The rules about the rights of family members of workers moving between EU countries were established in Directive 38 (2004), but whether someone in a civil partnership or same-sex relationship is covered by this vary from country to country, with extremely cautious wording:
…should be examined by the host Member State on the basis of its own national legislation, in order to decide whether entry and residence could be granted to such persons, taking into consideration their relationship with the Union citizen or any other circumstances, such as their financial or physical dependence on the Union citizen.
So some countries recognise the rights of partners in exactly the same way as other family members, and some don’t. The rights of partners from non-EU countries, now including Britons, are even more constrained. There are more onerous checks especially to ensure that the partner bears the maintenance responsibility and the in-comer does not become a cost on the State.
What about refugees?
Refugees, of course, do not have to pay any of these visa fees, and they can even qualifiy for an “integration loan”. So this may seem the cheapo route to settlement in the UK. But bear in mind the refugee has to come plausibly from a violent or war-torn part of the world, has probably paid a lot in bribes or forced labour to smugglers to get thus far, and will then face gruelling scrutiny of documentary and oral evidence. However, they should get free access to the NHS.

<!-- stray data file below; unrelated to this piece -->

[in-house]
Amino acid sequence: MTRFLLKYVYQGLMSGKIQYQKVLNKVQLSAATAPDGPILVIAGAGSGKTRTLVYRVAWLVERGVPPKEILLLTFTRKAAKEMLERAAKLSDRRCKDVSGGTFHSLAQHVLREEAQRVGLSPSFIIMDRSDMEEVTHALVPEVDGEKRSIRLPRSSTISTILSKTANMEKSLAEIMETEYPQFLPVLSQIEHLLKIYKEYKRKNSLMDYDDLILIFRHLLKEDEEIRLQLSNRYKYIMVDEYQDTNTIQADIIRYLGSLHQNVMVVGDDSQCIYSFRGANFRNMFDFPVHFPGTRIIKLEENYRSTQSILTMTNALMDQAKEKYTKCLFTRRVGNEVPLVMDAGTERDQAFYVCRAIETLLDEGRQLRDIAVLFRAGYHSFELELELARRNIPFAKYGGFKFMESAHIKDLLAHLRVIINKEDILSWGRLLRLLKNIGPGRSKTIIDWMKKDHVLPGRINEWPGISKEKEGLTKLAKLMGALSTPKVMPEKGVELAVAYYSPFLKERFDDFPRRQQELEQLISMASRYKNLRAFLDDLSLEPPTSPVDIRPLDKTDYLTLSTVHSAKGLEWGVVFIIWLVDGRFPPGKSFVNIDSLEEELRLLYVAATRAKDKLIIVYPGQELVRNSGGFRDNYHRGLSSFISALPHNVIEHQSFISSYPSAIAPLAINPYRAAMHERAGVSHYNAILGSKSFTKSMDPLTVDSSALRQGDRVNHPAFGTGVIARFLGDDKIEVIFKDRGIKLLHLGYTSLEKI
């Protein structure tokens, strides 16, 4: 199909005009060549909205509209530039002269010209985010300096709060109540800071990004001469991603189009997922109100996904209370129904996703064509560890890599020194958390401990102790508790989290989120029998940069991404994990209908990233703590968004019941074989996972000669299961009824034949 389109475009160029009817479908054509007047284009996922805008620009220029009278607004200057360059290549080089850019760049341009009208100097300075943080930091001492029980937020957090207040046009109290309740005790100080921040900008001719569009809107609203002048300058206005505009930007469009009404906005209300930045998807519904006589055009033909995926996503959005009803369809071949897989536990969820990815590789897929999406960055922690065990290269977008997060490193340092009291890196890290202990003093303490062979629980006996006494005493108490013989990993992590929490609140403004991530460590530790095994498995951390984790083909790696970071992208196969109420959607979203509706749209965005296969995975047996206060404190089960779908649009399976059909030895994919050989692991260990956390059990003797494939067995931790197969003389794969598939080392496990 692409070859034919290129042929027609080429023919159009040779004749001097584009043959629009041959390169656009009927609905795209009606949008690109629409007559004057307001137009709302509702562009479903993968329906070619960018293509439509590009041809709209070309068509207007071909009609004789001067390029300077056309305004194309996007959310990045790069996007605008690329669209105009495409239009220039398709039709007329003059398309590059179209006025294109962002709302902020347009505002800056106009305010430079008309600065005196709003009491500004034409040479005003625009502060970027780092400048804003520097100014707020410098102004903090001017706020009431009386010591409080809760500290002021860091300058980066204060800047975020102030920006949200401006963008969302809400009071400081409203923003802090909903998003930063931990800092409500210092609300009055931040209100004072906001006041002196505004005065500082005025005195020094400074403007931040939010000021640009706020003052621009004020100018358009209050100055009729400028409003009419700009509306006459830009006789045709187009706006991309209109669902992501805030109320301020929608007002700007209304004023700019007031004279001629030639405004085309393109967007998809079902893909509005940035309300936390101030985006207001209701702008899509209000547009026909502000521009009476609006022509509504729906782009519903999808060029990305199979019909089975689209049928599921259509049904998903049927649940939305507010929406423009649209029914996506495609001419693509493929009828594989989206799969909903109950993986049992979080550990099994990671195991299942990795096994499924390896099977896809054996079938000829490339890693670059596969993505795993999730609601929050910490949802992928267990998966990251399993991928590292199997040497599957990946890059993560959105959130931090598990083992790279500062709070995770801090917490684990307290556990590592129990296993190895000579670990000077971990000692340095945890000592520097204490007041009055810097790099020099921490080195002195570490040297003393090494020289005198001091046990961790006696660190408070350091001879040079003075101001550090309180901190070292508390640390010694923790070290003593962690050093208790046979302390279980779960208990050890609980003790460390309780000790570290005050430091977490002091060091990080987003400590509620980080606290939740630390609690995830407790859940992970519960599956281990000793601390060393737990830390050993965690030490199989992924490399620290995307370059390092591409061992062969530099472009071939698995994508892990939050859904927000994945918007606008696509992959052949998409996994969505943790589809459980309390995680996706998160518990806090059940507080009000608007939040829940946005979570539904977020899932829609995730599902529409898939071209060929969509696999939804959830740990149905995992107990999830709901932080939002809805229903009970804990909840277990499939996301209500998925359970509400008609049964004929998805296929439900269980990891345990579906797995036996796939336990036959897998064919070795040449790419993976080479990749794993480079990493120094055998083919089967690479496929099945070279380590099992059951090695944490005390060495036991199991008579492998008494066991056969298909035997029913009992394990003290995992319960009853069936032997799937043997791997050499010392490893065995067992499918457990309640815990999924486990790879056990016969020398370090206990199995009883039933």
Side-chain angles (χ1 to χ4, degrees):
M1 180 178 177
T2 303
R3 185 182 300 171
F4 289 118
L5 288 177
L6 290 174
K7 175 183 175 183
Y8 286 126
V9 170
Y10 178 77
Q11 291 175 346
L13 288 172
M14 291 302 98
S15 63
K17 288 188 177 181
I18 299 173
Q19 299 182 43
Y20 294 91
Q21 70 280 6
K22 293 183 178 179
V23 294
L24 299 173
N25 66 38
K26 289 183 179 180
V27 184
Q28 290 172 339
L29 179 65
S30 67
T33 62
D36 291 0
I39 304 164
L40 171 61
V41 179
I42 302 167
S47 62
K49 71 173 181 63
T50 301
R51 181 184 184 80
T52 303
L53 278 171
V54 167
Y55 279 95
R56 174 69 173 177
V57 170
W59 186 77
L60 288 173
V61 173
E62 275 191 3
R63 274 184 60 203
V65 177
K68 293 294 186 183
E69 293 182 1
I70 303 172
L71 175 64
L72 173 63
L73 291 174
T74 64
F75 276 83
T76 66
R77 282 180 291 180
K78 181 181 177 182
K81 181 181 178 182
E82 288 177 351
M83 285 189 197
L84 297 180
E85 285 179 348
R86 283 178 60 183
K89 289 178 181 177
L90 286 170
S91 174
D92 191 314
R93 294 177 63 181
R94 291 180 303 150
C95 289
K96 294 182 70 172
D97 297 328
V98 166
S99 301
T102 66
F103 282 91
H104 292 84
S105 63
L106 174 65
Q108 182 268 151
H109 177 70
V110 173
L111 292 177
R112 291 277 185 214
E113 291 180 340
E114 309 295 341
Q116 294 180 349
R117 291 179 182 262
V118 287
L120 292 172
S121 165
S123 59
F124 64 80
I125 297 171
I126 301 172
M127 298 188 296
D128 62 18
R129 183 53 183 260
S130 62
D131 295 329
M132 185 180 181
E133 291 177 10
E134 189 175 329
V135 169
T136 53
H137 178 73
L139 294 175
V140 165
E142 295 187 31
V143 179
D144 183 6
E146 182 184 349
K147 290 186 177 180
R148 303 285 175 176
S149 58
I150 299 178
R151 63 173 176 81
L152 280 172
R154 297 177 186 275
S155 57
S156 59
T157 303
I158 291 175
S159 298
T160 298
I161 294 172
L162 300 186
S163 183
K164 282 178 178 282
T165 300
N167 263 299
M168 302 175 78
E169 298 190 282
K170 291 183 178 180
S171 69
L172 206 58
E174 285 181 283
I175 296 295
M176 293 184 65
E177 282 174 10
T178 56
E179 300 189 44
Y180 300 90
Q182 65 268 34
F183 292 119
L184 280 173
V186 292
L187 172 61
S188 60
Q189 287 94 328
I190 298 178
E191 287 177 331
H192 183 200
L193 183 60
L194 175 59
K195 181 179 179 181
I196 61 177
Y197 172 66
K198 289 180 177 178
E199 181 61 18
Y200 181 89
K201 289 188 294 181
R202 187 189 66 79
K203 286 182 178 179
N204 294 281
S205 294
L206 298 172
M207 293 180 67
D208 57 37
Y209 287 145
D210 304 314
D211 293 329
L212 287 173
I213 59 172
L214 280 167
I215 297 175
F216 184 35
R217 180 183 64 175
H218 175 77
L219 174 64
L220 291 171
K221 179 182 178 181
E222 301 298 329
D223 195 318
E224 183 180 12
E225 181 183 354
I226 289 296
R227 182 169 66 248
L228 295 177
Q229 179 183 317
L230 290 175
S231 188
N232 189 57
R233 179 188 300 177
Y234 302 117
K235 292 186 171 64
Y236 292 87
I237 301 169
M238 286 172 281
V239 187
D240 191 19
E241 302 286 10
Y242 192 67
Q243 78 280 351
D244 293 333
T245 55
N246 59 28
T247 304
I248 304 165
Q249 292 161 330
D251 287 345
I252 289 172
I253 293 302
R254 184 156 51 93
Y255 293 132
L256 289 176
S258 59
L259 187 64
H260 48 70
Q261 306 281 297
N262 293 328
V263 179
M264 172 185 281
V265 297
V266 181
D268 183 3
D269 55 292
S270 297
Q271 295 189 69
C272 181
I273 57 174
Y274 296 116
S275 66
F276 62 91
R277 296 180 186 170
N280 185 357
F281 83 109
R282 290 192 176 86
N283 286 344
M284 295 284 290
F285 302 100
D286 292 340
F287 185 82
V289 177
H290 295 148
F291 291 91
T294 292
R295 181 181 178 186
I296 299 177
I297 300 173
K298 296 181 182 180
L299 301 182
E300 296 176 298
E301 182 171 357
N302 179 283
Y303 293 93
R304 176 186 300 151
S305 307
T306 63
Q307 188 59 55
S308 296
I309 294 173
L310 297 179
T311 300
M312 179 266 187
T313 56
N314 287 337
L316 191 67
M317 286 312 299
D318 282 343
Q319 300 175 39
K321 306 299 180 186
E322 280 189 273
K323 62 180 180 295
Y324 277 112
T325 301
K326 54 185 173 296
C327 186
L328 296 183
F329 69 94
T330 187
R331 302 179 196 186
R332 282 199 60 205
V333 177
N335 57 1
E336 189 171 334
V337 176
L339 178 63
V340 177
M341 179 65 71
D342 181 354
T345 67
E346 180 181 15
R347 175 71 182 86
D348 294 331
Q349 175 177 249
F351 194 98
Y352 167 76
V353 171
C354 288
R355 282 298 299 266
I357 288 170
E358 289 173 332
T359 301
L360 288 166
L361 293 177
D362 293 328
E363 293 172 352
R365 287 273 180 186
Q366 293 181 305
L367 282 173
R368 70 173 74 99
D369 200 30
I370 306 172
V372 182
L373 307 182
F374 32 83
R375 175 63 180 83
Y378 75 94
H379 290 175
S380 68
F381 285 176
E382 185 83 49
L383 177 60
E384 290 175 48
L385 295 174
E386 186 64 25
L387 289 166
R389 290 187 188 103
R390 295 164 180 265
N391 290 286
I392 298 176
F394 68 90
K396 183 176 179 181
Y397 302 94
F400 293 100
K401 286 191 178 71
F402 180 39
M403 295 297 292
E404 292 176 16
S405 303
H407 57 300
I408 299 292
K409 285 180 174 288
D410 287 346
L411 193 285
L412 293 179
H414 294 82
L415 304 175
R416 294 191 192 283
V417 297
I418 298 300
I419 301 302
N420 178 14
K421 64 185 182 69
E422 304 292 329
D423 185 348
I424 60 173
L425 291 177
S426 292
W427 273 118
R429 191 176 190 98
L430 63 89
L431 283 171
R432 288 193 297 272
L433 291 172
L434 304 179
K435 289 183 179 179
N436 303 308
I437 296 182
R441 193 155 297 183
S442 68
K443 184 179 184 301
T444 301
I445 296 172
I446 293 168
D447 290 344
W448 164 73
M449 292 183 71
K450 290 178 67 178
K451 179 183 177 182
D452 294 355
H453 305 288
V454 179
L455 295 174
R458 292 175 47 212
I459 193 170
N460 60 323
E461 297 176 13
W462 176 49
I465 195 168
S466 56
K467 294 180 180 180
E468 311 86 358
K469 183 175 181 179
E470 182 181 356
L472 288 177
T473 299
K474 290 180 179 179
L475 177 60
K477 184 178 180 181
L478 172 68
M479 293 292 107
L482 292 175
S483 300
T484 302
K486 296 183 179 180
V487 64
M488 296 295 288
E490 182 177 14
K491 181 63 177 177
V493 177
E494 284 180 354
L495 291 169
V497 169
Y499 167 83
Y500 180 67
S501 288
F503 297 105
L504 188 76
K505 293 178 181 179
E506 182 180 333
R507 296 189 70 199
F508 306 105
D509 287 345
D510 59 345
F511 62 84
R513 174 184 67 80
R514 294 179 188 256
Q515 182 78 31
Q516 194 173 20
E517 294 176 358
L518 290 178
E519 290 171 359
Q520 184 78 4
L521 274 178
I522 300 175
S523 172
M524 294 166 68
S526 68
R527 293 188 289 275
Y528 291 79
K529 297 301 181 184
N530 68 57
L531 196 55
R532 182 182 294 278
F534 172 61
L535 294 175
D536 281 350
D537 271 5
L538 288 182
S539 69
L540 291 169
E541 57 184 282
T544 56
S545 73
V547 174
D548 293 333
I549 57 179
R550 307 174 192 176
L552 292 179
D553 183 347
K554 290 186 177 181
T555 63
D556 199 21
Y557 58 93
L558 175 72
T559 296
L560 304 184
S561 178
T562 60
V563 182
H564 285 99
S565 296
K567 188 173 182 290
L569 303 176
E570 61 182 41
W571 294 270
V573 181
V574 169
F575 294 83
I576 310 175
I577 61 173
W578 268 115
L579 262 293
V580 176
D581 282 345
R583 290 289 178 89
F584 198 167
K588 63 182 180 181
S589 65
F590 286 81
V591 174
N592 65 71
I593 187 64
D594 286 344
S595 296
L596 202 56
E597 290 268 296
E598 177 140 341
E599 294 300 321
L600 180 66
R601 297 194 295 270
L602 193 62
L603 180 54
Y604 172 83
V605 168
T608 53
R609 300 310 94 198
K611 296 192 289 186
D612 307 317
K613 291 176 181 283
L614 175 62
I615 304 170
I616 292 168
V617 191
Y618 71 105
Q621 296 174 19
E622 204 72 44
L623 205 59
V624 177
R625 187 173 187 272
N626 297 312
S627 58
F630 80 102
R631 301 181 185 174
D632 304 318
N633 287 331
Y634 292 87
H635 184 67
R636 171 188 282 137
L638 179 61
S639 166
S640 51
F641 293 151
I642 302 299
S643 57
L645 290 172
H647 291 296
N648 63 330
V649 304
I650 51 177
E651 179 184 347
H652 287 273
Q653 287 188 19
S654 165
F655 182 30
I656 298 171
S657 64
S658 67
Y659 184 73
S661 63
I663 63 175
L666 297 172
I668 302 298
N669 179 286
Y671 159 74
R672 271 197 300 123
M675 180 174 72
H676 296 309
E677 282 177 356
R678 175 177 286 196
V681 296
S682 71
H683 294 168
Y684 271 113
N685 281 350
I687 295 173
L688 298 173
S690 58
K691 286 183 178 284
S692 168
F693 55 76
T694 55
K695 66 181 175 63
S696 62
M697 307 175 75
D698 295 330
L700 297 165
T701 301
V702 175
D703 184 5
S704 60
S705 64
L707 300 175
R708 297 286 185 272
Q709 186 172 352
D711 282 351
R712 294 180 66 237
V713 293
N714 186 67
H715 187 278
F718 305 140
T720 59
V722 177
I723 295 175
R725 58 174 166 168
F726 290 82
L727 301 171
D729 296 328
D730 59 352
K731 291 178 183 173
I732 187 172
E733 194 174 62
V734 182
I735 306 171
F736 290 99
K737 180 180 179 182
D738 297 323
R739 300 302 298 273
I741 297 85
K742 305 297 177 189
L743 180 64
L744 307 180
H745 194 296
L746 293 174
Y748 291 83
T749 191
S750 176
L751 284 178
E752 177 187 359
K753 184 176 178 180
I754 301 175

Health charges are another cost to migrating partners and families. Foreign students and those on youth mobility visas coming to UK pay £470. For all other visas the annual health surcharge is £624 per adult (£470 per child), which is onerous for families. They are then entitled to use the NHS. Short-term visitors to UK used to use the NHS, and UK visitors to EU used reciprocal services under the EHIC scheme. Since Brexit, this has changed to the GHIC card and extra travel insurance is advisable. Non-EU travellers always had to have adequate travel insurance, which becomes increasingly expensive with age. British citizens resident overseas would also have to pay, as they would not be registered with a GP in the UK
Anyone subject to UK Immigration control (as defined by the 1999 Act) has “no recourse to public funds” (aka NRPF). In other words, none of the welfare benefits available to UK residents. There were reciprocal benefits for family members within the EU (eg child benefit), but this is all now removed with Brexit. Poverty researchers claim that some of the worst cases of street homelessness are from this category, some 100,000 migrant women, some of them victims of domestic abuse.
Readers of the right-wing press might applaud these NRPF rules as stopping “benefit scroungers”, but they forget that these same people have been granted the right to come to the UK (or their partners have) because they contribute to the economy by studying or working here. And if they have a job, they pay the same taxes as citizens, yet they also have to pay visa and health surcharge costs on top.
Border control is a balancing act between the need to encourage tourism (stays up to 90 days) and the inflow of needed skills (sponsored visas), calculated against the possible costs of needy migrants, and xenophobic attitudes.
It does not look as though “Global Britain” is going to get love without borders any time soon.